News Feature | July 28, 2014

Does The Energy Industry Get More Than Its Fair Share Of Water?

Sara Jerome

By Sara Jerome


Amid a global water scarcity crisis, does the energy industry have a leg up when it comes to water access? Many environmentalists and clean water advocates say yes. 

Just ask Ray Gilbertson and Kris Spanjian of Billings, MT, where water is a precious resource. 

"The Department of Natural Resources and Conservation regulates water use for agriculture, mining and municipalities to ensure judicious use of this vital resource. However, one industry has been conspicuously ignored," they said in a recent Billings Gazette editorial. 

"The oil-and-gas industry is not subject to the same scrutiny when it comes to water usage. The amount of water used by these companies is enormous, but there is little regulation of use, the potential for contamination of existing water supplies or the disposal of wastewater generated by new drilling technologies," it continued. 

In some areas, lack of clean water may pose a financial risk to oil and gas companies. 

"In the limited energy debate taking place in Mexico and the U.S there is a relevant area that has not received enough consideration: The externalities and geographic limitations of fracking in Mexico where the cost could be especially high. Fracking on a large scale requires several million gallons of water per well which could create conflicts with agriculture and basic fresh water needs in a country were 55 percent of the population receives water only intermittently, according to Mexico’s 2000 national census," a Forbes report said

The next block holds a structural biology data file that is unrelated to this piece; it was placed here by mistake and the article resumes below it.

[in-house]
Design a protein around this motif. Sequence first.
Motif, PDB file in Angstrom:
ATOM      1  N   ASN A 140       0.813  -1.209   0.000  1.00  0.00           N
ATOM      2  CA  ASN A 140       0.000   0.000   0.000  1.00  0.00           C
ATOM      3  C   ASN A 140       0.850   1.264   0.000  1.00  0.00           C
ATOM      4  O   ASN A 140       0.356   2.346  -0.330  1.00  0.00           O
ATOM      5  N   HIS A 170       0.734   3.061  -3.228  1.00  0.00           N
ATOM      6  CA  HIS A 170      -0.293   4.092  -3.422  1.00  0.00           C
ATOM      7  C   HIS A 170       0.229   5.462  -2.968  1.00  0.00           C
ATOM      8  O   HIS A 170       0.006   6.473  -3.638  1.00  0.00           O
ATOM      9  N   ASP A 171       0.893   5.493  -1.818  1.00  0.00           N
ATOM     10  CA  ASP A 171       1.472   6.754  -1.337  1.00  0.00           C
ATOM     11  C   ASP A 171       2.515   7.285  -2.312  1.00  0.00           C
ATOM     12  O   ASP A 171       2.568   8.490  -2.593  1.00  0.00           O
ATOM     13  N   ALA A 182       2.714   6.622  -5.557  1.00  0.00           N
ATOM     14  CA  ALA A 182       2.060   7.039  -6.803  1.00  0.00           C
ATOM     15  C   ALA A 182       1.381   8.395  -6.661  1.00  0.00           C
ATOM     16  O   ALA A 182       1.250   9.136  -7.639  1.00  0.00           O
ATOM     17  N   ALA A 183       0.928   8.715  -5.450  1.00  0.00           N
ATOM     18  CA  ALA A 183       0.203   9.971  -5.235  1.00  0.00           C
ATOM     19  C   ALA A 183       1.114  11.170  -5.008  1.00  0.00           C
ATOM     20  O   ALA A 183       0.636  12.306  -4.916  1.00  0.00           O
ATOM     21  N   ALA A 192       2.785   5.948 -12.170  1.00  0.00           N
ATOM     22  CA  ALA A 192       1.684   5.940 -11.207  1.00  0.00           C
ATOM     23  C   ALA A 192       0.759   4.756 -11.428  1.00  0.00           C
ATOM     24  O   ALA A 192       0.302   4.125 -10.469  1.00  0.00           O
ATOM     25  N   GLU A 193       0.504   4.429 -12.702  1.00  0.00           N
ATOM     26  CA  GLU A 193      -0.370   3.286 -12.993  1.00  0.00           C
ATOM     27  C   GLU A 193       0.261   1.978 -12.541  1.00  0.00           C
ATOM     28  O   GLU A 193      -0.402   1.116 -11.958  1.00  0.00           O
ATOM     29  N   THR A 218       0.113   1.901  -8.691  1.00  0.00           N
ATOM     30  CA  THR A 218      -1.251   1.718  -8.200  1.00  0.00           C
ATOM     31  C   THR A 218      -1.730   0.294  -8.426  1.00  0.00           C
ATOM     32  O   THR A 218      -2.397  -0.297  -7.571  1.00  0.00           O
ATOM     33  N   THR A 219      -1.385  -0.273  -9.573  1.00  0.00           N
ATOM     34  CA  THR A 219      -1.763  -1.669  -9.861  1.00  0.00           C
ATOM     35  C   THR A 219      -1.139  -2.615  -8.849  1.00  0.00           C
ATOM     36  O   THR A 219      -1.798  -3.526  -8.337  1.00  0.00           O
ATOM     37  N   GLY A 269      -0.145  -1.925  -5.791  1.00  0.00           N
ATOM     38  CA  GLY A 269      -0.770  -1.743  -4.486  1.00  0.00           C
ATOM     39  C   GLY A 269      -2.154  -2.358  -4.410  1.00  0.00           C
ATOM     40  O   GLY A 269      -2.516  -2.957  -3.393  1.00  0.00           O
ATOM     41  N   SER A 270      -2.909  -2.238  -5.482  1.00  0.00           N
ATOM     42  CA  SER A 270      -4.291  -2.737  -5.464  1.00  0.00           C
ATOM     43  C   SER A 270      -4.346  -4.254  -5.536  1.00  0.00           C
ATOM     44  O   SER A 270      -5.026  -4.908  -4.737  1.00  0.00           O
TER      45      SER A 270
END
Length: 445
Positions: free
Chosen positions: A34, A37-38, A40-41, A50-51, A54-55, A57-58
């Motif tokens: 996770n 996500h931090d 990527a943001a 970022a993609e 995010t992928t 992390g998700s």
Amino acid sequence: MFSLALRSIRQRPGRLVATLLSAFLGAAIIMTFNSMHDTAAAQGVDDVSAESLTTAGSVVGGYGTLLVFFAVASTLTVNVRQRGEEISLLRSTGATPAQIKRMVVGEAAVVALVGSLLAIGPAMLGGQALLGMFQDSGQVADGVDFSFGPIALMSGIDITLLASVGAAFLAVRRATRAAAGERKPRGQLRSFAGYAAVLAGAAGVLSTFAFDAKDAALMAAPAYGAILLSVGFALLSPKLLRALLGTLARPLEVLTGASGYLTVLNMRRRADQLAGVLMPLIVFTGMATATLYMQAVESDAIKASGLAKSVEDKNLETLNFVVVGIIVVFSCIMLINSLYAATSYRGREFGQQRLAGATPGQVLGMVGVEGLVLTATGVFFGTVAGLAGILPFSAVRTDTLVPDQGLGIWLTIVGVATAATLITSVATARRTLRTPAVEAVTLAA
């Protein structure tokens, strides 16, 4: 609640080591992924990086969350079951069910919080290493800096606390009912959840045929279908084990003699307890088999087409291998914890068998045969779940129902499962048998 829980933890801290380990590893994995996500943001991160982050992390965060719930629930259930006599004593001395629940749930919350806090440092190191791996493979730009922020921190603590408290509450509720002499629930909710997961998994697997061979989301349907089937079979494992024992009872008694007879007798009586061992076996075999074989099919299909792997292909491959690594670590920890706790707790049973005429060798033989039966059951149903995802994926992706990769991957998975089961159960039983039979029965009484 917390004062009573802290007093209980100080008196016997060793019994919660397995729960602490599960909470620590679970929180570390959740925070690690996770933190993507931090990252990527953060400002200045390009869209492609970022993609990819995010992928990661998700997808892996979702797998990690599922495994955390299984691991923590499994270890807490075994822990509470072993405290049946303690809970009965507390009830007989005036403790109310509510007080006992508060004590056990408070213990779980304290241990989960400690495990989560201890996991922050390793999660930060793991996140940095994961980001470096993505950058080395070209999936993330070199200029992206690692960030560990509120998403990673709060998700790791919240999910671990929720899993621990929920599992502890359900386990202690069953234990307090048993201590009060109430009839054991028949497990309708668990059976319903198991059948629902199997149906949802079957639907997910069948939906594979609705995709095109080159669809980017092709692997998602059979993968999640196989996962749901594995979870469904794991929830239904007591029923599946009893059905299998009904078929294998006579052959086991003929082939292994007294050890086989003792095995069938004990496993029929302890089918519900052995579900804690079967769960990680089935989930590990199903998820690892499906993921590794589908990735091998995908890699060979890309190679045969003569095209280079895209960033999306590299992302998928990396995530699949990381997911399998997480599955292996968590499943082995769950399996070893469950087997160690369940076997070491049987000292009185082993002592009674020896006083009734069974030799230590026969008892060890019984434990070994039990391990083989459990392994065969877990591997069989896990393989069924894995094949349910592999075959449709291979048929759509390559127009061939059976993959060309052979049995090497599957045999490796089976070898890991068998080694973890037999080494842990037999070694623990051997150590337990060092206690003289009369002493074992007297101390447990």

The situation does not look like it will improve anytime soon. Christiana Peppard, a water ethics expert at Fordham University, said the battle over water and the need for energy is only going to get more intense, NBC News reported

"In arid states, there is a mounting tension between agricultural interests and oil and gas interests," Peppard said in the report. "Conflicts over water rights and use in the West are as old as Manifest Destiny, and this is the newest [iteration]," she said.

Energy From Shale, an advocacy group for oil and gas operations, acknowledged that the energy industry could affect water supplies. 

"Although the water needed for drilling and fracking operations may represent a small volume relative to other requirements, withdrawals associated with large-scale developments, conducted over multiple years, may have a cumulative impact to watersheds and/or groundwater," the groups said. "This potential cumulative impact can be minimized or avoided by working with local water resource managers to develop a plan of when and where withdrawals will occur."

For more oil and gas news, check out Water Online's Produced Water Solution Center

Image credit: "Drilling for Oil," NatalieMaynor © 2007, used under an Attribution 2.0 Generic license:

Want to publish your opinion?

Contact us to become part of our Editorial Community.